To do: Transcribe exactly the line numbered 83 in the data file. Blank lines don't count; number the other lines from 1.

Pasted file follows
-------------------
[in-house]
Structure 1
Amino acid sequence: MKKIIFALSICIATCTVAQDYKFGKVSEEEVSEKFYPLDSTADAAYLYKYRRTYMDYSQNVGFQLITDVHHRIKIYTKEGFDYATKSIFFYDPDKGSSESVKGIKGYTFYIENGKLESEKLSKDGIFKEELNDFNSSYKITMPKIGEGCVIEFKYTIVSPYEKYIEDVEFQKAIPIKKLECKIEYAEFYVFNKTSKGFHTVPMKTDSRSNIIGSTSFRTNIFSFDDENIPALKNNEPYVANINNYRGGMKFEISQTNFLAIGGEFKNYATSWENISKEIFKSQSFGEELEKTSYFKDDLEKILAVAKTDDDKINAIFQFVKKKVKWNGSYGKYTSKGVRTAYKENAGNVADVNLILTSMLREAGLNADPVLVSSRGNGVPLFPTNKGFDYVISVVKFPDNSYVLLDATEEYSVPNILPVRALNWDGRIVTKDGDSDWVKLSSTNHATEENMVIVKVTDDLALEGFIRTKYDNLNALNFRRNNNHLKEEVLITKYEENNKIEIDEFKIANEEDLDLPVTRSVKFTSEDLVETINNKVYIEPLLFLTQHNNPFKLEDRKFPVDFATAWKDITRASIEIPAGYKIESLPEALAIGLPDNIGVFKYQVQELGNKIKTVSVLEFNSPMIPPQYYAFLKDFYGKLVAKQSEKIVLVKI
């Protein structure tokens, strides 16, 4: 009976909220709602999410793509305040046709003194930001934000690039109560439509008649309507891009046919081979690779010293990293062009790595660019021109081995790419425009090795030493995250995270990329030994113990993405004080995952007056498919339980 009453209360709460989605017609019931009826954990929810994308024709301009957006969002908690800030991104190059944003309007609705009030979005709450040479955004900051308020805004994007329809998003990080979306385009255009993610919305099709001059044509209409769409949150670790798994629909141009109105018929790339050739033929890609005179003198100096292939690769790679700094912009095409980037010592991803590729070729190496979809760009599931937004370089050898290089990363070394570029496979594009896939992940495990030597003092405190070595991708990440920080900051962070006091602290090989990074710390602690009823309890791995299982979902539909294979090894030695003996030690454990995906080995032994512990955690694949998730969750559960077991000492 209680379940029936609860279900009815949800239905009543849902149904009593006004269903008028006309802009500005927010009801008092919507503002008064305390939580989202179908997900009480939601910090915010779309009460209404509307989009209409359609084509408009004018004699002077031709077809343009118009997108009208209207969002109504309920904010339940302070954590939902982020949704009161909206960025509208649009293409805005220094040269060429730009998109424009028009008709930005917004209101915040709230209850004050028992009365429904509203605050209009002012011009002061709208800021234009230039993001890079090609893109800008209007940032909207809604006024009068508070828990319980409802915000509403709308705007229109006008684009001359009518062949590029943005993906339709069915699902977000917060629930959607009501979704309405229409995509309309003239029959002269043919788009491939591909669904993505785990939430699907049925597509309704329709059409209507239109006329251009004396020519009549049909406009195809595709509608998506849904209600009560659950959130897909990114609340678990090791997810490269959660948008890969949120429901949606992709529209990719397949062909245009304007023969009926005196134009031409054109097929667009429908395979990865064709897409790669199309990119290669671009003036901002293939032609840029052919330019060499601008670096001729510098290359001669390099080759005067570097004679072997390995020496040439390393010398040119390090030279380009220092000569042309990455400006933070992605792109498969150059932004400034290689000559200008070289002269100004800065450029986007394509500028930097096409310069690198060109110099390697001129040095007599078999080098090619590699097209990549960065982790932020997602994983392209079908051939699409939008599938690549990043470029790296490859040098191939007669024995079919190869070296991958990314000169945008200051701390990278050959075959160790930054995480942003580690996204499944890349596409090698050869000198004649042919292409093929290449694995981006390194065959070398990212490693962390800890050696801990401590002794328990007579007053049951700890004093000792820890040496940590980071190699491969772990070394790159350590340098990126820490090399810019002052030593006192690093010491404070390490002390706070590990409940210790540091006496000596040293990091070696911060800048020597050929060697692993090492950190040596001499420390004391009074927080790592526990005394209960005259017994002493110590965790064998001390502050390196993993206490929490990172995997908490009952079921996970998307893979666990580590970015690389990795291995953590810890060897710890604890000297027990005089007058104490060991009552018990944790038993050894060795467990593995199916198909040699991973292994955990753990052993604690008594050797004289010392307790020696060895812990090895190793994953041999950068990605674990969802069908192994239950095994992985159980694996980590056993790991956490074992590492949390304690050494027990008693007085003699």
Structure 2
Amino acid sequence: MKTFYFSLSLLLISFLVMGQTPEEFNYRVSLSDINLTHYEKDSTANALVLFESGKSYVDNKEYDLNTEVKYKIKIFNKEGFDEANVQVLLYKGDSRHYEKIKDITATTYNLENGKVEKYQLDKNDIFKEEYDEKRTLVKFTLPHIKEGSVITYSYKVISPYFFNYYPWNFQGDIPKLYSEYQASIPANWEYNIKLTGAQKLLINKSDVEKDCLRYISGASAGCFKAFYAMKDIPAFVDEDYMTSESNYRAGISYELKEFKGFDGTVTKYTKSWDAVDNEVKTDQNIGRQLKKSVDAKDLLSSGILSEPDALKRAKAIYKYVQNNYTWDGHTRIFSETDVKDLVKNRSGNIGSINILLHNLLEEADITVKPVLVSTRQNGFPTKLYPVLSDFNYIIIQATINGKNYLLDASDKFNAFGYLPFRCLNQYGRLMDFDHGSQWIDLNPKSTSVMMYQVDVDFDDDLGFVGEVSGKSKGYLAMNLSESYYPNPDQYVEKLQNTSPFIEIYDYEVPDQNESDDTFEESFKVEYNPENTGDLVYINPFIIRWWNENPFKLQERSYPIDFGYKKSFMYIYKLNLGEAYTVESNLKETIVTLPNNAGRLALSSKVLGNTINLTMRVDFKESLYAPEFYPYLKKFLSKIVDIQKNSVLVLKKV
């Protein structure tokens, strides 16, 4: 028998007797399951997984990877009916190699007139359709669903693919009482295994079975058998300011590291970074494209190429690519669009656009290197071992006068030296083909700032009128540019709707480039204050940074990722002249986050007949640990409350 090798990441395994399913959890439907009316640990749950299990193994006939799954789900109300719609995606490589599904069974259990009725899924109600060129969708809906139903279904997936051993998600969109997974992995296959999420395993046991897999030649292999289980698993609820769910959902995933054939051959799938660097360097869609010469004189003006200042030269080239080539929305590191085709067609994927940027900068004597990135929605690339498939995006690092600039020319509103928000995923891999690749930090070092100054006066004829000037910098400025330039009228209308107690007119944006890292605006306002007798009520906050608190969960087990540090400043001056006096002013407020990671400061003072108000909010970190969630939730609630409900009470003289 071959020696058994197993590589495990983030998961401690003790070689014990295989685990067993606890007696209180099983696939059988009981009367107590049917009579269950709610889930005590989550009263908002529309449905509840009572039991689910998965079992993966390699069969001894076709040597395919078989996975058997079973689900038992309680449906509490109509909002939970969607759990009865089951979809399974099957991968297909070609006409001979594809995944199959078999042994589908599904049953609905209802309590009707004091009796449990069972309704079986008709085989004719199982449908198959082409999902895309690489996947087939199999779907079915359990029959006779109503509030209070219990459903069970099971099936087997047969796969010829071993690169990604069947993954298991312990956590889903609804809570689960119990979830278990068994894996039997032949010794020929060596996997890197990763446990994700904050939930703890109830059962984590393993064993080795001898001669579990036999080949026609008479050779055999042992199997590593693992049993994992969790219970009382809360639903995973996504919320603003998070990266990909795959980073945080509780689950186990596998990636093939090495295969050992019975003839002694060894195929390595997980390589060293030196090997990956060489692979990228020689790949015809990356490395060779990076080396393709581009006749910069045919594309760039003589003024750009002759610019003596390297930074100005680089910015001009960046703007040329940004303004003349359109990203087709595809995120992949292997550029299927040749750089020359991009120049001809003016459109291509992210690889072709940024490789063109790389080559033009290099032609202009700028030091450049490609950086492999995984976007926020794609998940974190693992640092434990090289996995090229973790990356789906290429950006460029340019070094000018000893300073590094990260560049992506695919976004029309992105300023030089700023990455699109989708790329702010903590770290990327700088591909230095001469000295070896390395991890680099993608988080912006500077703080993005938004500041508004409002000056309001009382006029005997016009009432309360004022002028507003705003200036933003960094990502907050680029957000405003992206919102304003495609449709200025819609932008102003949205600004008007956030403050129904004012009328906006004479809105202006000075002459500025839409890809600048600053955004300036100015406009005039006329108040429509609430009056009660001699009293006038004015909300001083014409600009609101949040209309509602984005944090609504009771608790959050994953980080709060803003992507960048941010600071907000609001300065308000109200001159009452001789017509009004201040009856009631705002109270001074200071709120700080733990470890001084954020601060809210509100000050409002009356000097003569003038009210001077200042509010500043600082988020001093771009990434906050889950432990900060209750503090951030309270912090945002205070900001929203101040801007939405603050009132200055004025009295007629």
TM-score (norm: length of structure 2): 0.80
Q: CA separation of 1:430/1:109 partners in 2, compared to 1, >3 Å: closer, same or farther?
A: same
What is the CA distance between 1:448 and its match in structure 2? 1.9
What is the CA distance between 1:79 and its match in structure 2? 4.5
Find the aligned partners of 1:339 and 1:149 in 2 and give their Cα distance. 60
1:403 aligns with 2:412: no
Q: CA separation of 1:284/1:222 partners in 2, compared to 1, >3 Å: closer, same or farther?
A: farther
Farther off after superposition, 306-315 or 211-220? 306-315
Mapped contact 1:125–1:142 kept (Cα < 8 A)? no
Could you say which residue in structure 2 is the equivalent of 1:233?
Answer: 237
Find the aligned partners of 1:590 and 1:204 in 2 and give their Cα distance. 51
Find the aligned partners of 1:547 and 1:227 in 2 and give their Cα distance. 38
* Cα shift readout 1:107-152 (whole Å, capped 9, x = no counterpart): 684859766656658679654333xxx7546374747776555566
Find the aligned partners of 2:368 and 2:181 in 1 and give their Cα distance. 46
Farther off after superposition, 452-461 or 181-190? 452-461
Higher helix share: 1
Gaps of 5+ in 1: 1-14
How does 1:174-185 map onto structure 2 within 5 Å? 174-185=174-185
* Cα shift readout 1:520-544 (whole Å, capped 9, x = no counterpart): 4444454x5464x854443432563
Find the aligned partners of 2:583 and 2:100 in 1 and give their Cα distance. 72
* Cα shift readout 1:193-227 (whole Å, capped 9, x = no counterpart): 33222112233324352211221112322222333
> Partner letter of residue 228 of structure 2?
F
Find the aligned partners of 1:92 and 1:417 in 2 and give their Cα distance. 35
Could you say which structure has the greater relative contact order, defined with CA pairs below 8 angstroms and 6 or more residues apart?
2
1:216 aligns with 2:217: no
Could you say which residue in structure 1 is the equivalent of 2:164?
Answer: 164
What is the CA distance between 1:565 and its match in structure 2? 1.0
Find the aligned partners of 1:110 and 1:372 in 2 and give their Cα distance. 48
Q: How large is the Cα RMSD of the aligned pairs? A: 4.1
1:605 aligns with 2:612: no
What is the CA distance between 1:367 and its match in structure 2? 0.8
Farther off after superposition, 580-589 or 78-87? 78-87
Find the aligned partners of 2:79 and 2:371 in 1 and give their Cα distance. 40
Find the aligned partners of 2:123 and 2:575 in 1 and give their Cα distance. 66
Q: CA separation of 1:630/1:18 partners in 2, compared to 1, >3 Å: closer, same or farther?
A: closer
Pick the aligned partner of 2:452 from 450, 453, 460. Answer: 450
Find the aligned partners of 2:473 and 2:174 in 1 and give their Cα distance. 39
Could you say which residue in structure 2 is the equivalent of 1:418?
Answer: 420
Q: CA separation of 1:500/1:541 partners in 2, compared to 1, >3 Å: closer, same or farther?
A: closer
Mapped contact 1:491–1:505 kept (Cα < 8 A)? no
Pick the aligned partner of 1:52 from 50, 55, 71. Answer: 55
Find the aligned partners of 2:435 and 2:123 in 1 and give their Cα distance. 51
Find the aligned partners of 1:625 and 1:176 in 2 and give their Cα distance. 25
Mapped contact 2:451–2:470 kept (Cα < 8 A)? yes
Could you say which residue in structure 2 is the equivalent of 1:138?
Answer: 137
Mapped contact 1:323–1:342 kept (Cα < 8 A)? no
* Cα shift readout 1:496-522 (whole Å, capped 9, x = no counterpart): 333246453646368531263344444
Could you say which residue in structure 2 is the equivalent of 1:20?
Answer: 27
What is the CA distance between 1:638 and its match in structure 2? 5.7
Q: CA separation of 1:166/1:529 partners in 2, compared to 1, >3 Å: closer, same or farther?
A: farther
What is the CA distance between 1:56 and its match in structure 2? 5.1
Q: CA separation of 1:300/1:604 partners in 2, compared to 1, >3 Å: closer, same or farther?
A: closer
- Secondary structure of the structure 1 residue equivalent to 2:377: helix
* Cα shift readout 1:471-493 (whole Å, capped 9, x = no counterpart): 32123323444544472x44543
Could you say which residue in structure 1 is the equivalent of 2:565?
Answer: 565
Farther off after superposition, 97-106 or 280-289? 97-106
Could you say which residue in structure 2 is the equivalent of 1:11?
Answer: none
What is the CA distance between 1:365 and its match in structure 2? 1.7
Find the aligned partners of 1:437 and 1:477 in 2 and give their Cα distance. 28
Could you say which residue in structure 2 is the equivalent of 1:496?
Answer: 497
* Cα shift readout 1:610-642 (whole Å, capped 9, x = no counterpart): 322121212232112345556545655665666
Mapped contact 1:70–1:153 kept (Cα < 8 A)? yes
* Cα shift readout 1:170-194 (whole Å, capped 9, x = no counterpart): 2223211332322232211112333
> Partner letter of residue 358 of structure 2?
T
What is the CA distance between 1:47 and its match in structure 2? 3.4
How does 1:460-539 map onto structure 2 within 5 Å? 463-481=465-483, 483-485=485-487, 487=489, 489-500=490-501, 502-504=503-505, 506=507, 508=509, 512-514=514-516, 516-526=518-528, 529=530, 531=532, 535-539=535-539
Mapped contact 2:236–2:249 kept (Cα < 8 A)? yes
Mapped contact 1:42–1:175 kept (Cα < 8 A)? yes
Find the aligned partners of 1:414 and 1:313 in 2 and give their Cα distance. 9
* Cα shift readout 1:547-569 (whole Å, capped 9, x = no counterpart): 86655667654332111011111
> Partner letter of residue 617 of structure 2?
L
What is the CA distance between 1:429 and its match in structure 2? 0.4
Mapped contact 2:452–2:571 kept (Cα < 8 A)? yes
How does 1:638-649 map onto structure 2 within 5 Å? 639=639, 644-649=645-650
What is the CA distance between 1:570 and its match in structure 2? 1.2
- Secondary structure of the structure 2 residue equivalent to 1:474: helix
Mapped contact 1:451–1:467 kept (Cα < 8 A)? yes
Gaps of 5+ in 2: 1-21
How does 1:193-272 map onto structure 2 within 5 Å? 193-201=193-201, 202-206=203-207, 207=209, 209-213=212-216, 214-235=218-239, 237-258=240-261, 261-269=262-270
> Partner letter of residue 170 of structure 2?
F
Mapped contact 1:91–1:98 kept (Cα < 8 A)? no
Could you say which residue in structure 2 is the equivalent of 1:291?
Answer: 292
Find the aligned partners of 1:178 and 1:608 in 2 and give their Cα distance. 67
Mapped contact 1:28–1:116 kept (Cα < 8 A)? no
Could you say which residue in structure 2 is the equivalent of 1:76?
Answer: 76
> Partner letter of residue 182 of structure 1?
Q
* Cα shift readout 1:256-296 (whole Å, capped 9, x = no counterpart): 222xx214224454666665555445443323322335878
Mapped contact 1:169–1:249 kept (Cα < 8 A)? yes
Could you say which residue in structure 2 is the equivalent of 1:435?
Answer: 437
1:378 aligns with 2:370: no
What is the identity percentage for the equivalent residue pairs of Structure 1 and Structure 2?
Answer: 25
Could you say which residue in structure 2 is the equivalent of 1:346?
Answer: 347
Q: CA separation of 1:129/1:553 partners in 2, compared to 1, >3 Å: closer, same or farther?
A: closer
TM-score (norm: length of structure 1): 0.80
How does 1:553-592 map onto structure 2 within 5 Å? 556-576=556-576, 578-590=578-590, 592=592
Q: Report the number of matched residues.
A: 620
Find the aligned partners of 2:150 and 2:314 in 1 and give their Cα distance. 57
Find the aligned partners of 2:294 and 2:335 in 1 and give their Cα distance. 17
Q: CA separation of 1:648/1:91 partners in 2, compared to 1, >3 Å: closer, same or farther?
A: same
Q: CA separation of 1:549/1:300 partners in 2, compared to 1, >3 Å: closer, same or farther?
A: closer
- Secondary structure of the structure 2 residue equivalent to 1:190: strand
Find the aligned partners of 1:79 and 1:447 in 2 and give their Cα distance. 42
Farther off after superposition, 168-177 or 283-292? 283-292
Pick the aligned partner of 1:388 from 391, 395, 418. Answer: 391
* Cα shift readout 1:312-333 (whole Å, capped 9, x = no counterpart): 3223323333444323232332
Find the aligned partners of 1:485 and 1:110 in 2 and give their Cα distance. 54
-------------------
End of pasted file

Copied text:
Answer: 497